Americans’ support for legalizing marijuana has held steady at 66% over the past year, after rising 30 percentage points between 2005 and 2018.
The latest results are based on Gallup’s annual Crime survey, conducted Oct. 1-13. Not only have 66% favored legalizing marijuana in the 2018 and 2019 Crime polls, but the same level of support was found in an intervening Gallup survey, conducted in May.
Gallup first asked about making marijuana use legal in 1969, when just 12% of Americans favored the proposal. Nearly a decade later, a 1977 survey found support had increased to 28%, but it held at about that level through 1995, finally surpassing 30% in Gallup’s next measurement, in 2000. Since then, the percentage of Americans advocating legal marijuana usage has more than doubled, with support increasing significantly among all major subgroups.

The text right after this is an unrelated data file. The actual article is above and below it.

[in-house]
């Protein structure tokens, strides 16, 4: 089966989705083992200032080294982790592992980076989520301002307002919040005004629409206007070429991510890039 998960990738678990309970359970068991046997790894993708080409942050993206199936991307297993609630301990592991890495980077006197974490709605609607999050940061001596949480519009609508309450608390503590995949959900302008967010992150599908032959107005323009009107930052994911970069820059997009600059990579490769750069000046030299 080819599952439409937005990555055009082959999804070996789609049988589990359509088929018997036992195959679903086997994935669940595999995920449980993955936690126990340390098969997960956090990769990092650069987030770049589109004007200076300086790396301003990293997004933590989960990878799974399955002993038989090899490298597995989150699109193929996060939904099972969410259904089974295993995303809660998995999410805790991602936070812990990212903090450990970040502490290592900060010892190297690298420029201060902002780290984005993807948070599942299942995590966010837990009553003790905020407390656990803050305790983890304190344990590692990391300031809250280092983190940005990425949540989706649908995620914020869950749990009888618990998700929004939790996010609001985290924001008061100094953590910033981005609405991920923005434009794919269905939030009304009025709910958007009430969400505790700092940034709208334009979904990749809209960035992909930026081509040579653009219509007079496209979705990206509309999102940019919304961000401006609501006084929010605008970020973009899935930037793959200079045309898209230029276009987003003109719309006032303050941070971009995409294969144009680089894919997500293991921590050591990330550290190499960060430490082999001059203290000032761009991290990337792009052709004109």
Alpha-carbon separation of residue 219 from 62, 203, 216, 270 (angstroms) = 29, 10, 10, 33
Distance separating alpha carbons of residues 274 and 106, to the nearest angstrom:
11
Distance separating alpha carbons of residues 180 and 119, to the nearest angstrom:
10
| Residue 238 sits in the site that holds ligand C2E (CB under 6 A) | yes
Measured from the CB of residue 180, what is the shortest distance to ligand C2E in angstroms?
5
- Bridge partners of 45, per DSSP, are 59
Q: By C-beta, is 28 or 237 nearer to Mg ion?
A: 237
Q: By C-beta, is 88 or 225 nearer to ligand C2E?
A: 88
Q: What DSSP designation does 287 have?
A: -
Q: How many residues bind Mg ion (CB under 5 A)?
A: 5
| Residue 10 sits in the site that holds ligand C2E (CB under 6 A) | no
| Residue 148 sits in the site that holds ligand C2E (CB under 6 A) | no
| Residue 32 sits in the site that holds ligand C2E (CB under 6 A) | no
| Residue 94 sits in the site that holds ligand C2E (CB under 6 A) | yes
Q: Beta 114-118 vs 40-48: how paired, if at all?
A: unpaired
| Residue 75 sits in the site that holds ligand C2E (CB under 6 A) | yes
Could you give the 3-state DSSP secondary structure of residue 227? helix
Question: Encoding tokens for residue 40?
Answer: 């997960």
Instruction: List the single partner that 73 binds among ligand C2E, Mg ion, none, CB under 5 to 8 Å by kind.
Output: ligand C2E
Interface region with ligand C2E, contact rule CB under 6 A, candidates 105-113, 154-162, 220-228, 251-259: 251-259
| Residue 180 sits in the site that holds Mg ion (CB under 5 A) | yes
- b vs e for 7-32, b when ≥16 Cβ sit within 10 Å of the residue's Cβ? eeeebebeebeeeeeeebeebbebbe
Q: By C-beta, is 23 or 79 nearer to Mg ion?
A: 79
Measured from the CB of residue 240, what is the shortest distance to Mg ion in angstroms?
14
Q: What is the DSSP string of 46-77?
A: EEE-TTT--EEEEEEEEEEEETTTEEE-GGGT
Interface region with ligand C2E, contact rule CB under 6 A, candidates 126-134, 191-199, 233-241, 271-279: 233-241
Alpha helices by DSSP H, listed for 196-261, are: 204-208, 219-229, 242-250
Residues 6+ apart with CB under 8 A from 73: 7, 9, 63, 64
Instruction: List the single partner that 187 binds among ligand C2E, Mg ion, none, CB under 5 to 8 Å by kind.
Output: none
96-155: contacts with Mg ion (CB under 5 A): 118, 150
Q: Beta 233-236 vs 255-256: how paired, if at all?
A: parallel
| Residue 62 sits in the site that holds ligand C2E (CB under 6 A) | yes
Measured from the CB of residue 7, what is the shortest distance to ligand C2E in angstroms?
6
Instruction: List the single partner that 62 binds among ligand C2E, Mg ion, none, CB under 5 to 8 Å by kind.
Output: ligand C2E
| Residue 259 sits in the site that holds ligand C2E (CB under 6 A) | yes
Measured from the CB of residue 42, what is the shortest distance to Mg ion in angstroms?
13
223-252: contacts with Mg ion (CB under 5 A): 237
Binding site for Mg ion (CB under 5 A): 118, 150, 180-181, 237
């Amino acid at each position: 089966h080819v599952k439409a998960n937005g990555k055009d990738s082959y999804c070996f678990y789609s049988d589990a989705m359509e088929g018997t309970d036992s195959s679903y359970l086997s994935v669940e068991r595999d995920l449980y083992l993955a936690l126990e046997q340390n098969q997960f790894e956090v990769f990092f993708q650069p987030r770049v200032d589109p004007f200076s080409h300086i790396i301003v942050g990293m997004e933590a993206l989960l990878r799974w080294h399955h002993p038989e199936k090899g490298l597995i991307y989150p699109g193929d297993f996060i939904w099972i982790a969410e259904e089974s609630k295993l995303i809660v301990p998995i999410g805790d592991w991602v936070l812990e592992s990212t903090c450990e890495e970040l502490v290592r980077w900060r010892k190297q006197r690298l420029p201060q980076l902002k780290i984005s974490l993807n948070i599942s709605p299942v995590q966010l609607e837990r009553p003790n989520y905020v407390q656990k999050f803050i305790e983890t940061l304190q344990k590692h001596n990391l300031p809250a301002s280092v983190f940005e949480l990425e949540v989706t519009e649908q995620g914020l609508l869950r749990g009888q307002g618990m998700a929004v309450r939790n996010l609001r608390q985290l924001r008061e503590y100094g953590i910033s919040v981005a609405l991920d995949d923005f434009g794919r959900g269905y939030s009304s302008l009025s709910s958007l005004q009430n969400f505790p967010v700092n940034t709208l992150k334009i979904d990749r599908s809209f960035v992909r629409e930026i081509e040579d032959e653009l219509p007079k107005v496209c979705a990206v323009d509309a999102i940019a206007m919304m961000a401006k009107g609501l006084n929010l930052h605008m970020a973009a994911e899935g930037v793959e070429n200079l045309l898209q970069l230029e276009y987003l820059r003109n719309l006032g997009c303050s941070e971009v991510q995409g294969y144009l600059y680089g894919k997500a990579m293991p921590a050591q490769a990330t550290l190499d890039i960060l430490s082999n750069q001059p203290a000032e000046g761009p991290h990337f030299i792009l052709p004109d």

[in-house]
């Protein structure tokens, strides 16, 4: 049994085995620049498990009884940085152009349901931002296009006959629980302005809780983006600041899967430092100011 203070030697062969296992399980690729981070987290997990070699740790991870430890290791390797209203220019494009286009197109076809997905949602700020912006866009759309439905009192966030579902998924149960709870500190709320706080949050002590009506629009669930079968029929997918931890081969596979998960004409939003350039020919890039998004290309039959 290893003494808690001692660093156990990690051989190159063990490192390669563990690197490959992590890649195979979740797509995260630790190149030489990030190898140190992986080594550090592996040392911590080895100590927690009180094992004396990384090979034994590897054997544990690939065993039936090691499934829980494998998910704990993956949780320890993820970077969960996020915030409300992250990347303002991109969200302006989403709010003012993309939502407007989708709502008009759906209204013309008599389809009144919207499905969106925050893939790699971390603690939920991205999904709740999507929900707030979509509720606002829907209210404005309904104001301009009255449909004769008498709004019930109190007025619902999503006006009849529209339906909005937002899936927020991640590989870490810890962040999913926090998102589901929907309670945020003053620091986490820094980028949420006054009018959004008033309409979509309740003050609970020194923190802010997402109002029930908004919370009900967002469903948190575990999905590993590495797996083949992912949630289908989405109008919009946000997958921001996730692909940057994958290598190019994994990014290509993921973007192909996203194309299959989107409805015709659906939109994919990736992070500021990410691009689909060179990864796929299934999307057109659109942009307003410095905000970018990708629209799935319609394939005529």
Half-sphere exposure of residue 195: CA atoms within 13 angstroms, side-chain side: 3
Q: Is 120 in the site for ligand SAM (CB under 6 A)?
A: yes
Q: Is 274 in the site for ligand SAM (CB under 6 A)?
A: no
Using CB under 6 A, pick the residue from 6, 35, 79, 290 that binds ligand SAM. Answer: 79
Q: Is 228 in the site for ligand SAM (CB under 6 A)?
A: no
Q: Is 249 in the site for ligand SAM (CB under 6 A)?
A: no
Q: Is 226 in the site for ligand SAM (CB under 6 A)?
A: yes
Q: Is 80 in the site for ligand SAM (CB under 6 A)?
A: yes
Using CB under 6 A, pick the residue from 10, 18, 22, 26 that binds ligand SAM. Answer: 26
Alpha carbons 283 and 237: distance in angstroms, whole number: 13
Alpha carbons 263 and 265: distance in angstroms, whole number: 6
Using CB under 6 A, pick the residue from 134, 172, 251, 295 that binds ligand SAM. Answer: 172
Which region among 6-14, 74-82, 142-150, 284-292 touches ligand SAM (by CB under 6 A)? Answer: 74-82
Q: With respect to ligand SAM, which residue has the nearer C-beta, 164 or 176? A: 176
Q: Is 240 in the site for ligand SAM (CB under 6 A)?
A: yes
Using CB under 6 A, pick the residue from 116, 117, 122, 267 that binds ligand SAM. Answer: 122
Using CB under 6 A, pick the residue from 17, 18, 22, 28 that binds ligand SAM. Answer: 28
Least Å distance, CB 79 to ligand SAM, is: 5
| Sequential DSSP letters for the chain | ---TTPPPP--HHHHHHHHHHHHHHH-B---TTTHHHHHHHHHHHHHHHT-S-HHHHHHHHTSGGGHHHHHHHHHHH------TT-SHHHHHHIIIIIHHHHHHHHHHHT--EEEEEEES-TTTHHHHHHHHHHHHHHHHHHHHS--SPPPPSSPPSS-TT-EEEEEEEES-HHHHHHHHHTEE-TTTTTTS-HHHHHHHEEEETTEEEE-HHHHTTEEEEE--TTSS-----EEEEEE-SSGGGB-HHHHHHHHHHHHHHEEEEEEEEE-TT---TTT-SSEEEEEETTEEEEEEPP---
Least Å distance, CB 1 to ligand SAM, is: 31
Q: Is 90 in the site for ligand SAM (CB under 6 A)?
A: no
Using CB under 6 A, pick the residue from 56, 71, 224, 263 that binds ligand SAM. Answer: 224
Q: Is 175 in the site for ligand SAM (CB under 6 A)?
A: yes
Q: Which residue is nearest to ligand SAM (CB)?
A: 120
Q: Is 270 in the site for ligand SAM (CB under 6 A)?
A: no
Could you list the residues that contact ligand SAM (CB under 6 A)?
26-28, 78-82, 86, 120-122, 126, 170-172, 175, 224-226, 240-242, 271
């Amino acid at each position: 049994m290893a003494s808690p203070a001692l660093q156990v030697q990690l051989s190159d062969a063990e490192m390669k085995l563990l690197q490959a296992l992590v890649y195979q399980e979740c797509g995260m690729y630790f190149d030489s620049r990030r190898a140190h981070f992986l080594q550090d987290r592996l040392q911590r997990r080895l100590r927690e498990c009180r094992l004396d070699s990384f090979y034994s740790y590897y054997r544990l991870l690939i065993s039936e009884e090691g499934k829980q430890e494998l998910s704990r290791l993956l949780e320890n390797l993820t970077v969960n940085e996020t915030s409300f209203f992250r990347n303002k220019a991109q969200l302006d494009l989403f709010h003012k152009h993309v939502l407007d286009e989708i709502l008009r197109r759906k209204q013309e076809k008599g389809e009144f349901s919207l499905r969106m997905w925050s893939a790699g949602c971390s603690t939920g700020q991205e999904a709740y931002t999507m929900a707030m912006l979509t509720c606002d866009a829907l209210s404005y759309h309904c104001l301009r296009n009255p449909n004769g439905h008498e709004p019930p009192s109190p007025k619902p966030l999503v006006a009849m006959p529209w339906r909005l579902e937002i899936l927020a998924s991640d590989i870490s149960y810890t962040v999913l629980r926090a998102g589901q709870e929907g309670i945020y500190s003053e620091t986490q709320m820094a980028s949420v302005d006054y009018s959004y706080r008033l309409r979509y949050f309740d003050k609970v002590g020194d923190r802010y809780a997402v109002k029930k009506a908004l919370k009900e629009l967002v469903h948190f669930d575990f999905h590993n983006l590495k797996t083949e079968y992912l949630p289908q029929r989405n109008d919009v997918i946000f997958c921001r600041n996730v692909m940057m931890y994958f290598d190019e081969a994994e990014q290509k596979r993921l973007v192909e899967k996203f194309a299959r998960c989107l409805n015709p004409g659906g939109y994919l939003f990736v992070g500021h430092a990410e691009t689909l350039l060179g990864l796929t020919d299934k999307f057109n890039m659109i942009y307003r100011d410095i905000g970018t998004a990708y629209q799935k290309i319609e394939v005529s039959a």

As public opinion has become increasingly pro-marijuana, so has state policy. As of June, 11 states plus the District of Columbia have legalized recreational use of marijuana. Twenty-two other states allow the use of marijuana for medical purposes.
Politics, Age, Race and Religiosity Key Factors in Marijuana Views
Majorities of most key subgroups now favor making marijuana legal, according to an analysis of the opinions of more than 3,500 adults asked the question in the three 2018-2019 Gallup surveys. [Read more at Gallup]
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